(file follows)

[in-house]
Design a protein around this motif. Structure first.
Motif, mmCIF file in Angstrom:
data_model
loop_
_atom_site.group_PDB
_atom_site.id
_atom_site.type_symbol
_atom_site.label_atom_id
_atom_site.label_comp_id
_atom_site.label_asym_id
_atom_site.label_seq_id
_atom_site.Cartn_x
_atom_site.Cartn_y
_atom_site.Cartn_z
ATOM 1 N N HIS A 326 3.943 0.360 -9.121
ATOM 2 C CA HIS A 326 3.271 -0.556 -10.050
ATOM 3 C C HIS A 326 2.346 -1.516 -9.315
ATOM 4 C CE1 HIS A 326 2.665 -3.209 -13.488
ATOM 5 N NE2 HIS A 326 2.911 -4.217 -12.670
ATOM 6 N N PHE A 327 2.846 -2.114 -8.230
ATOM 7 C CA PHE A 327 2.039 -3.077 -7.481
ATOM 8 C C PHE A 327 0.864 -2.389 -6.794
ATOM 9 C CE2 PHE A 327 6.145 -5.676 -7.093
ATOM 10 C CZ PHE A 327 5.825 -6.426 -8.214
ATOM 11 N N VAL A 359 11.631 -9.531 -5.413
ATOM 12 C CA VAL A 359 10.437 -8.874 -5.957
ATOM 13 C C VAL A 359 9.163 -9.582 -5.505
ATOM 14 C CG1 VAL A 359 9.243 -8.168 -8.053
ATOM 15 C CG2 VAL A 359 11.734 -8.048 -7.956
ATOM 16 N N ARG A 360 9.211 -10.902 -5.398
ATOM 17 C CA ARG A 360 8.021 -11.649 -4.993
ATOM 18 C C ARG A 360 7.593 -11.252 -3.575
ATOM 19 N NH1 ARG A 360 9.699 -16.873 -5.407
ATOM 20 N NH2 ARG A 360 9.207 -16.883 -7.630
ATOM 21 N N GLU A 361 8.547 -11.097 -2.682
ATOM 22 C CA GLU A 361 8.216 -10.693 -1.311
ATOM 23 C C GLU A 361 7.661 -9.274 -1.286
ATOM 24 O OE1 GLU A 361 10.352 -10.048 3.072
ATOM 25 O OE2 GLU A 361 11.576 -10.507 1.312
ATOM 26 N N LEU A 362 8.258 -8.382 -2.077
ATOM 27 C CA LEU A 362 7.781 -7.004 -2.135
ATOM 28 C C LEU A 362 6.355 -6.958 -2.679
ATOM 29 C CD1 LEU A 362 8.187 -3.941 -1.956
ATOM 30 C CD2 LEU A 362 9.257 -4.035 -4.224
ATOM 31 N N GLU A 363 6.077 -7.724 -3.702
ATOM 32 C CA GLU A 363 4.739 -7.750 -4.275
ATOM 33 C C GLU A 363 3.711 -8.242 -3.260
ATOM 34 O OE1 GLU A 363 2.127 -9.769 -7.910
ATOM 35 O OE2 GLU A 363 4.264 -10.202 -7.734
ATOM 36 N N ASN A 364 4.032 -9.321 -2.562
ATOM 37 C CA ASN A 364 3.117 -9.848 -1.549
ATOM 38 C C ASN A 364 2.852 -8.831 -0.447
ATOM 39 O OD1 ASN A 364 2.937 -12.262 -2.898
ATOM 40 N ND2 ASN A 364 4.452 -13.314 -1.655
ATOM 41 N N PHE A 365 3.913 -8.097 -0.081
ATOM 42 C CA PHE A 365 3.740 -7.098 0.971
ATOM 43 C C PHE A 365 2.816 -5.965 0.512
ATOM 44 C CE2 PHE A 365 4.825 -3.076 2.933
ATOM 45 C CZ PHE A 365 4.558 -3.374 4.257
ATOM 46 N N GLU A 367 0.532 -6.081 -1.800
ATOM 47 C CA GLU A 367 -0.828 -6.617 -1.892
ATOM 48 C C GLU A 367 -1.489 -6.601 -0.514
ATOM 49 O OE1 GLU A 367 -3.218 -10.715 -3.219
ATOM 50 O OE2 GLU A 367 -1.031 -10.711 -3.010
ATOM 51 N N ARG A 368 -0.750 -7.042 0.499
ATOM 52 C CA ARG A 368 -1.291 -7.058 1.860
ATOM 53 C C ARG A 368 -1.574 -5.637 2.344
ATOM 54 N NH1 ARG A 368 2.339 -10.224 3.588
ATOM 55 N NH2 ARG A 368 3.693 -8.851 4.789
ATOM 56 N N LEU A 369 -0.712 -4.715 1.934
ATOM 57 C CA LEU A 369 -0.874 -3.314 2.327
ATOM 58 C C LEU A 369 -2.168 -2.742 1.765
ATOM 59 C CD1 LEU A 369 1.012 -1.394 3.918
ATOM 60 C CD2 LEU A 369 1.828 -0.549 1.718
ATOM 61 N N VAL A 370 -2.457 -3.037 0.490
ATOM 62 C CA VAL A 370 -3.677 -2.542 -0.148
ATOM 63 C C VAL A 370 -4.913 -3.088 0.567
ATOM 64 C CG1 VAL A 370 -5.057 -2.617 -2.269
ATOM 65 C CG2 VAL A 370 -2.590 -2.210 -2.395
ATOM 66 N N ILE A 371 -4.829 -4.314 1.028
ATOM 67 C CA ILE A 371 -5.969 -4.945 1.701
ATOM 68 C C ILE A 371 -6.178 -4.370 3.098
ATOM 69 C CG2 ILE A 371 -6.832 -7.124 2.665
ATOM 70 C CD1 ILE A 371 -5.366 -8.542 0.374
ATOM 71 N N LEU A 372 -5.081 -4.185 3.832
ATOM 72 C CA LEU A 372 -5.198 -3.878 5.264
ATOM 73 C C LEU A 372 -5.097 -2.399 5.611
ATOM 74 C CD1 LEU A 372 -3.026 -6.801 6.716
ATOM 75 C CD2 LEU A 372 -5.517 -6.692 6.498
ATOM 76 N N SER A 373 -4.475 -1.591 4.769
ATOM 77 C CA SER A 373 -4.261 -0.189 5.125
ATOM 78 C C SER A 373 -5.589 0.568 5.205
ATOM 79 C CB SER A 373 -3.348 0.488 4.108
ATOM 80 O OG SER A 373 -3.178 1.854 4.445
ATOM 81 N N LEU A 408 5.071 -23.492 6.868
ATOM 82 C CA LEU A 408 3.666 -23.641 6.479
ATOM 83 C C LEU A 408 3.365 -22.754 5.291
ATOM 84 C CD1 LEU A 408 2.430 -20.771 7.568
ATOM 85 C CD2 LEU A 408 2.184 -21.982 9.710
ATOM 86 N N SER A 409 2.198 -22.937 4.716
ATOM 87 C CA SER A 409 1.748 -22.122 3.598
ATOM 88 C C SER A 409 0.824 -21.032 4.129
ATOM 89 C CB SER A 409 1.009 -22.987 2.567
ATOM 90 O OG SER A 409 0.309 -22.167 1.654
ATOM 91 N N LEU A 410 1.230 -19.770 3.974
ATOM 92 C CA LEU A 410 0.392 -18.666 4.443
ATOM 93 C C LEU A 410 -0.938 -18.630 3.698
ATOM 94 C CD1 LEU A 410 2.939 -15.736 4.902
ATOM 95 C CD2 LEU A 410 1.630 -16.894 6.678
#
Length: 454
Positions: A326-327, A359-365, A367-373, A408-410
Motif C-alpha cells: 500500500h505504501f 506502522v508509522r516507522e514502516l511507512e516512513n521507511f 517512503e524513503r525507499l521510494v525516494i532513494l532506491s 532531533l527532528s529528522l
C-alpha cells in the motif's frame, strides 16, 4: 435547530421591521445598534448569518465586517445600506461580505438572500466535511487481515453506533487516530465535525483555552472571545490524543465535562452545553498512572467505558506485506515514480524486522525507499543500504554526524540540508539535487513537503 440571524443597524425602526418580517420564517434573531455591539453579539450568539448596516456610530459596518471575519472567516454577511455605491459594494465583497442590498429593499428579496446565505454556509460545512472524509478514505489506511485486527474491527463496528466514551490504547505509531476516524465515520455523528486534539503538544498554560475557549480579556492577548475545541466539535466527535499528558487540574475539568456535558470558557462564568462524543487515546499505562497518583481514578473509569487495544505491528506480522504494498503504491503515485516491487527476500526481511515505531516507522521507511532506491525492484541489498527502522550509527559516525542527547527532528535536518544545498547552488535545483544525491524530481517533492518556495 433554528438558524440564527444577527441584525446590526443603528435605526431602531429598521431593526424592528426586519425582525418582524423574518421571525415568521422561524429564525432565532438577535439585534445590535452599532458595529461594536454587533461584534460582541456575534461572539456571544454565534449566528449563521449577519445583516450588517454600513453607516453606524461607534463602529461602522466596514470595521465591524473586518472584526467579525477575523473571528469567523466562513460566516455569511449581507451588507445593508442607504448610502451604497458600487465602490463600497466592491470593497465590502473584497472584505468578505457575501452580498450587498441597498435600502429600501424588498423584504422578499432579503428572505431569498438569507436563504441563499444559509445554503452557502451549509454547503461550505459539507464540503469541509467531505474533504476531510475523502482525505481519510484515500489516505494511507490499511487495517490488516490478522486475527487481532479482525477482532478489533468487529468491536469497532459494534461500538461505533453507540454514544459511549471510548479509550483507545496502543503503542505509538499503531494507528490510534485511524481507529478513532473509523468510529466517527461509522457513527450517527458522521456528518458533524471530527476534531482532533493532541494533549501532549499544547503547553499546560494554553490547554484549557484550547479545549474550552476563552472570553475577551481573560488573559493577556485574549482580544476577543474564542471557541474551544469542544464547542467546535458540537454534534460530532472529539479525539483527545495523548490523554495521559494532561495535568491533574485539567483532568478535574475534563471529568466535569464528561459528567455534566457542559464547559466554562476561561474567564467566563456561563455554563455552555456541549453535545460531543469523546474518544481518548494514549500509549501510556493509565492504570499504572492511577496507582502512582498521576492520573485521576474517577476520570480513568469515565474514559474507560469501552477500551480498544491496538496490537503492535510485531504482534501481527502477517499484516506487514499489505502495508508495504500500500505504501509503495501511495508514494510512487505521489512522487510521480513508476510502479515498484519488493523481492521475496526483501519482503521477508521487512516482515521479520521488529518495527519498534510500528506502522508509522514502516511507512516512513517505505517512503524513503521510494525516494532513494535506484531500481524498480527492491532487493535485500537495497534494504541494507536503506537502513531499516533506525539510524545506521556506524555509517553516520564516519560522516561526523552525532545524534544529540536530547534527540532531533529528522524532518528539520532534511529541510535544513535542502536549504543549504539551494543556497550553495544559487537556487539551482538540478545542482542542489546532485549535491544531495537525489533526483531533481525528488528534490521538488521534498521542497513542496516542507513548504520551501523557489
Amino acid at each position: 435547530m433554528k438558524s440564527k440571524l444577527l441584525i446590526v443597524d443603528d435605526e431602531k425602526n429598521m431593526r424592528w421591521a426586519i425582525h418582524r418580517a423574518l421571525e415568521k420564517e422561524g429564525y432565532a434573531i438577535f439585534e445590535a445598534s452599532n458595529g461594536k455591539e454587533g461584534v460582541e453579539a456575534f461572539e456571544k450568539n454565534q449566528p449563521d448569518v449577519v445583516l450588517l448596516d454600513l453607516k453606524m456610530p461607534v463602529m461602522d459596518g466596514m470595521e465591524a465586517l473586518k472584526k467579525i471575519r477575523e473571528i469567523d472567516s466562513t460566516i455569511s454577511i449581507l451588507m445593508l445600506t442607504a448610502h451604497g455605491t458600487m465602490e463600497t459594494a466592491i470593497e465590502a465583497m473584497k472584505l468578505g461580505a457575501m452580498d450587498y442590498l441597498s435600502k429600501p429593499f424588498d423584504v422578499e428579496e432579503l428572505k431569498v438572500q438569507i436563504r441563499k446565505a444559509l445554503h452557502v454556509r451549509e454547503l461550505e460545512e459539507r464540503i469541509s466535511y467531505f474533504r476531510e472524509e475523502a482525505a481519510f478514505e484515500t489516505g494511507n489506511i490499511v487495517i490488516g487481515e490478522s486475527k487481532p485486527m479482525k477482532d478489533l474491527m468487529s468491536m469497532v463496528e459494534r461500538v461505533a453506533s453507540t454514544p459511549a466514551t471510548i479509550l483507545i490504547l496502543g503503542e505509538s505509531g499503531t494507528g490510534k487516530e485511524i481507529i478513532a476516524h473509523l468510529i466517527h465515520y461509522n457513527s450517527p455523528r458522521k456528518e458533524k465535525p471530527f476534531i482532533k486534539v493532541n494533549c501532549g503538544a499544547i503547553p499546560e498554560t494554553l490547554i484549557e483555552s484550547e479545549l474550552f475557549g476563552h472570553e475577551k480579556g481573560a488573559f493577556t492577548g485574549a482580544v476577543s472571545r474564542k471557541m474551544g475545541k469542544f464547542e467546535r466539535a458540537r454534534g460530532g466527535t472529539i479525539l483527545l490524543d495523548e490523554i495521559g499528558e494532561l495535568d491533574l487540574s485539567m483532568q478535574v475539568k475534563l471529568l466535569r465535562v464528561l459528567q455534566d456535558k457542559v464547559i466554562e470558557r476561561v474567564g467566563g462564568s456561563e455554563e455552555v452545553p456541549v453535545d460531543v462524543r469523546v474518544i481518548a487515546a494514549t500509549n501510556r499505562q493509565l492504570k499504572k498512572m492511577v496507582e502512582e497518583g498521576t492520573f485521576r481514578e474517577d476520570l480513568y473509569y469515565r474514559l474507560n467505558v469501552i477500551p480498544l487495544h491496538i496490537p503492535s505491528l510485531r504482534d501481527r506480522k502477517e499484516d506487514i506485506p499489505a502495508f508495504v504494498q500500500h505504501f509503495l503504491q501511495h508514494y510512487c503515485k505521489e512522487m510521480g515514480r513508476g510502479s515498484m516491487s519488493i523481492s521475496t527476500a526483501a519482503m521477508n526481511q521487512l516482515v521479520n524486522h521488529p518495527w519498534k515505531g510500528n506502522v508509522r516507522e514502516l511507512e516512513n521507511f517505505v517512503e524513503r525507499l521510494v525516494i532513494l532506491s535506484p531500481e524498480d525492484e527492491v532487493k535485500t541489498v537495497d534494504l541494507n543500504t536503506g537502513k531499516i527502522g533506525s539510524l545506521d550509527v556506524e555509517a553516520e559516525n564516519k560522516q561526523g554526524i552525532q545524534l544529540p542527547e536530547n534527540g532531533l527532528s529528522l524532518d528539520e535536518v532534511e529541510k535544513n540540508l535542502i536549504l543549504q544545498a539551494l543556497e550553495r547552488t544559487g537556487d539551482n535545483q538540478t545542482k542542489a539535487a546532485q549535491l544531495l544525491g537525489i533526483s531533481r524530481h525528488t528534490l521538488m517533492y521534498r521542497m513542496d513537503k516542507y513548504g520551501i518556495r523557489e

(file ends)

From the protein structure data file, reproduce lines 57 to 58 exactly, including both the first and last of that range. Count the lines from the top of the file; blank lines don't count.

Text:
ATOM 42 C CA PHE A 365 3.740 -7.098 0.971
ATOM 43 C C PHE A 365 2.816 -5.965 0.512